While no two emails and email campaigns are the same, it is safe to assume that a better version of the email campaign will bring some significant changes to your email marketing effort’s engagement rates and revenue. And the only way for you to find that better version is by split testing.
How to start A/B testing in your email marketing?
Setting up A/B testing for your email campaigns is easy with AVADA Email Marketing. You can pick exactly which element you want to test, create two or multiple versions, choose the best sample size for each email variation, and start finding the winning email.
While the setup process for A/B testing is straightforward, I will show you a few details in each step that are essential to ensure an accurate depiction of the winner. Let’s take a look at how to A/B testing in your email marketing.
Step 1: Decide what you’ll test
When you A/B test with 2 subject lines, the open rate will prove which one of the subject lines appeals most to your subscribers. In another case, if you A/B test 2 different product images in the email layout, you should take a look at both the click-through rate and the conversion rate.
Two email campaigns can show different results depending on the result that you are looking for. Sometimes, the plain-text version of an email can have a better open rate, but when you want to attract more people clicking, a beautifully designed template can be more successful.
Why? Because the better-designed version of the email can contain the video as a GIF - which attracted more recipients to click.
While you often want to test more than one thing with email marketing, it’s important that you only test one thing at a time to learn accurate results.
Something that you should consider A/B testing in email marketing includes:
Subject line (You can test “Product A on Sale vs. “Discounts on Product A”)
Call to action (You can test “Buy Now!” vs. “See Pricing Plans”)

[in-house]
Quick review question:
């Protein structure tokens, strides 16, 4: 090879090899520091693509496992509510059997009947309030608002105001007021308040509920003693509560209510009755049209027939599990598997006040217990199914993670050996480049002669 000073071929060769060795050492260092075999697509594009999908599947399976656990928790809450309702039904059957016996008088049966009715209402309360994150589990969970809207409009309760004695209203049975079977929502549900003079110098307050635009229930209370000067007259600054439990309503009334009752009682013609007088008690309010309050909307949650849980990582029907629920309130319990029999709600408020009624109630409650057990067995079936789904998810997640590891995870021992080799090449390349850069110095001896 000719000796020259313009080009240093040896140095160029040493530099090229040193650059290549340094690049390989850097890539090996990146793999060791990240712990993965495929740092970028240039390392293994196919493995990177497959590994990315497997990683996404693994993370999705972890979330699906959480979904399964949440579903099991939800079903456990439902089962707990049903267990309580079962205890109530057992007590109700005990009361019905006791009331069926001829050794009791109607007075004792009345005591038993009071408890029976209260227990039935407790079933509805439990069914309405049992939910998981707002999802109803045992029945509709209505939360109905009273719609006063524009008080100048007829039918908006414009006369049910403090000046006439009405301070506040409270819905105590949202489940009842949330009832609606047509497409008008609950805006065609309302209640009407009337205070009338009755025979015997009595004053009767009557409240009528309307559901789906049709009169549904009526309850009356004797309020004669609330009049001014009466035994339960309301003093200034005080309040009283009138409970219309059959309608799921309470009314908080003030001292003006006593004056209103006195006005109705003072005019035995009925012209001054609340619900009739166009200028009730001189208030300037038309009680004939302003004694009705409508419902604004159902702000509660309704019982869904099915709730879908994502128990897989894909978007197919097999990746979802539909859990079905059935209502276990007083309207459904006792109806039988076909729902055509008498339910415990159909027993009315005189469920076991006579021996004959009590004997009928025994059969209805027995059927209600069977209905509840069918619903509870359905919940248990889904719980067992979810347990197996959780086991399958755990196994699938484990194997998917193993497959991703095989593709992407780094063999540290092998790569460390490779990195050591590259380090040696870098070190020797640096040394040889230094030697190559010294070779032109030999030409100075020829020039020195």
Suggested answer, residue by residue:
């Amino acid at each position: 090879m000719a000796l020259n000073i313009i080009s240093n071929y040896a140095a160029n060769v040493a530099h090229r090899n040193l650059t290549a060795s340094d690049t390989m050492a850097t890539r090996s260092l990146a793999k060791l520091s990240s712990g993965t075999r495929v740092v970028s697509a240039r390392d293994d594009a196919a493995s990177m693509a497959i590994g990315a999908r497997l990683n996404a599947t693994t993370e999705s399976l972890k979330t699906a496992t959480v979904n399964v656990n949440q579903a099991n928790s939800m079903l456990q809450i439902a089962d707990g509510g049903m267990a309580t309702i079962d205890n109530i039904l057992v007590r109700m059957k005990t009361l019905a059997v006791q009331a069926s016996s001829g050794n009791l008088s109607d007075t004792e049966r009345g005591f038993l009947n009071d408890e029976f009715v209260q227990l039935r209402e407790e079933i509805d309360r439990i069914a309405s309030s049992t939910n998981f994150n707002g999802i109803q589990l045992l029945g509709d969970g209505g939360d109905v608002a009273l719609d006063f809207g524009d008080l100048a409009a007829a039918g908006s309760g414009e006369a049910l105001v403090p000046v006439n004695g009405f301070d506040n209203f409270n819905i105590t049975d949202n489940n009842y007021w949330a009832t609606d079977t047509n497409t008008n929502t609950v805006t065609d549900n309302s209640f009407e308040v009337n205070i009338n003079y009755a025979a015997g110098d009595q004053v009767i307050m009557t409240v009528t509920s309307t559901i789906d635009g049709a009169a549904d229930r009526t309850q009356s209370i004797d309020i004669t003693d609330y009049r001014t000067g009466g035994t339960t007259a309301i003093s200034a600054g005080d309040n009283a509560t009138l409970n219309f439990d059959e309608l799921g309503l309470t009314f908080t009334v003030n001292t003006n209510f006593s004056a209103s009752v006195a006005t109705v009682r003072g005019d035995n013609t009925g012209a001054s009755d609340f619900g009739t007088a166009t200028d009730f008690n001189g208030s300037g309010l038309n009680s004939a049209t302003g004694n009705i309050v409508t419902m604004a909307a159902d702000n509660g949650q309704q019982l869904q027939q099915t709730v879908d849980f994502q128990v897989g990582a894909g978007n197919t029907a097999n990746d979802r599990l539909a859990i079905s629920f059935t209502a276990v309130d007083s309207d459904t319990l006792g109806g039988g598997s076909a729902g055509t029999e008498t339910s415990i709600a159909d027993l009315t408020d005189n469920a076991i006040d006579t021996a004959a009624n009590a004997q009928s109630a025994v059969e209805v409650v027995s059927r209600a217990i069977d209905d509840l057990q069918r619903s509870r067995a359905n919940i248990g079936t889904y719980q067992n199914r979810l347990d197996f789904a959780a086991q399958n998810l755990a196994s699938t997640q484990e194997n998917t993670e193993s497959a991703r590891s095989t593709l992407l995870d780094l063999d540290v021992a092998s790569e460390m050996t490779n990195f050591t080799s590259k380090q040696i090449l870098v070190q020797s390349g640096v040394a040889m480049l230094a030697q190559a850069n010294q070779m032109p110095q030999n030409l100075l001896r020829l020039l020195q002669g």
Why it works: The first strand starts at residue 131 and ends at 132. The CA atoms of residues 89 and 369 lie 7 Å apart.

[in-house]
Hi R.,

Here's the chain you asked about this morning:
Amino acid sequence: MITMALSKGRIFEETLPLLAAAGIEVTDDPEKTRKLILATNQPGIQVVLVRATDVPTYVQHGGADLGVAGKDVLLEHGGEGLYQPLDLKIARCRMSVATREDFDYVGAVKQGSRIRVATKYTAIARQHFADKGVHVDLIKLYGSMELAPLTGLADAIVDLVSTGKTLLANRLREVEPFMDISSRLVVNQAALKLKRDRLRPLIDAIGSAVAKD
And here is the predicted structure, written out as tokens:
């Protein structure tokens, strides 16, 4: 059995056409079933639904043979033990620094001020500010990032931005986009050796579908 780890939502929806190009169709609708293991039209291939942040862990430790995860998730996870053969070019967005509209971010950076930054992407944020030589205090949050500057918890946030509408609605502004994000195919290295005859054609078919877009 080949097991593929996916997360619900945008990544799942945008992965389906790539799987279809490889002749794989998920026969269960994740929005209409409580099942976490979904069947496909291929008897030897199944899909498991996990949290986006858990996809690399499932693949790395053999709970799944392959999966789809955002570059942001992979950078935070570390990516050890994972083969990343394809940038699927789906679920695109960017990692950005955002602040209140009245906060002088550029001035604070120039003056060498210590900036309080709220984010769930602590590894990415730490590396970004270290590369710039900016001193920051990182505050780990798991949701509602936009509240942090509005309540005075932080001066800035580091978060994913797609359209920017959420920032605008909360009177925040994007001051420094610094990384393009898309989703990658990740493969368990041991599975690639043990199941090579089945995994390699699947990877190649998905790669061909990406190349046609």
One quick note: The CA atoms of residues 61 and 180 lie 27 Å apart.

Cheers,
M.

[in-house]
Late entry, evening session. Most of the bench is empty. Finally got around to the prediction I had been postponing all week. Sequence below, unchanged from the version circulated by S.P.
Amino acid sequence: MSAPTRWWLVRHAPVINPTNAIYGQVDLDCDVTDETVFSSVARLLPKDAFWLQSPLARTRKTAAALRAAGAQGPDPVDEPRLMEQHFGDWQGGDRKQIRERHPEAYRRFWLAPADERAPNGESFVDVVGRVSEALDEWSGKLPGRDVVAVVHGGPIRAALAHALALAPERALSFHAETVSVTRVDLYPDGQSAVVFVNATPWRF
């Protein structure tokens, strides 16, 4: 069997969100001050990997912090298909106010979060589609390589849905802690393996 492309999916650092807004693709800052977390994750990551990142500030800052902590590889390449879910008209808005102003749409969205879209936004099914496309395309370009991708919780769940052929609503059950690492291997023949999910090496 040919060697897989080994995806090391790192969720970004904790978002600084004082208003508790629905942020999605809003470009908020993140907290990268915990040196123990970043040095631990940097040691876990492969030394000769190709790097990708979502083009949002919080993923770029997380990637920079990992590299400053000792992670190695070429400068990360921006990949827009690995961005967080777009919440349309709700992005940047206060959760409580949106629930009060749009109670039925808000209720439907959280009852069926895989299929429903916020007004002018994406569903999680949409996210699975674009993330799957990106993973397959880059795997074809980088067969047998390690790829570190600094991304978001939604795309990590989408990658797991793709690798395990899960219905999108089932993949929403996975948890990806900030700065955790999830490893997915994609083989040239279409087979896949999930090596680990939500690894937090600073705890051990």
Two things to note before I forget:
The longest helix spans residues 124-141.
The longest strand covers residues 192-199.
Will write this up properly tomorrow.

Including testimonials (or whether not to include them at all)
Personalization (You can test calling subscribers: “Mr. Smith” vs. “Smith”)
The layout of the email (You can test single column vs. two columns, or different placement for email elements)
Copywriting (tone, length, word order)
Links and buttons
The specific offer (You can test with offers like “Save 20%” vs. “Free Shipping”)
Each of the things above is likely to have a (negative or positive) effect on different parts of a customer’s buying process. For example, a call-to-action button will affect how many recipients buy your product or click through to the landing page. On the other hand, your subject line will directly affect how many people on the list open your email in the first place.
Think about the result you want to test when deciding which things to test. If not many subscribers are opening your emails, you will be more likely to start testing the subject line.
A good approach is to test the more critical parts first before testing more minor elements. Your headlines and call to action buttons should have a greater impact on conversions than your body text or the images you used. Test the big things with more impact first, and then test other small parts in biggest to least importance.
**But the most important thing to remember before sending out your email versions is to decide what you consider successful testing. **
First, take a look at your previous campaigns’ results. If you’ve been using the same style for your email campaigns for months or years, then you should have a good pool of data to analyze. If your conversion rate before is 10%, then for a start, you may want to increase that to 15%.
Of course, maybe you have another goal for the initial A/B test, such as getting more people to open the email. If that is the case, look at the historical open rate and then decide what improvement you want to see. If improvement doesn’t come with the first set of A/B tests, you can try running another test with two more variants.
Step 2: Pick the correct sample size
In the vast majority of cases, you want to A/B test your entire email list. It’s important to get an accurate picture of how your subscribers respond to your email campaigns, and the best approach to do that is by testing all of them. This means you should send A/B test emails to everyone you have on the email list.
If you have a big email list with over 1000 subscribers, I recommend sticking to the Pareto principle of the 80/20 rule to earn the best result.
It means that focusing on testing the 20% can bring you 80% of the results. When doing A/B tests in email marketing, you should send one version to 10% of the people and the other version to 10% of the subscribers. Depending on the version that performed best, you will send the winning version to the remaining 80% group of subscribers.
I recommend this principle for an extensive email list because you expect statistically significant and accurate results with A/B testing. A 10% sample size for each version would contain enough subscribers to show you which email version had more impact.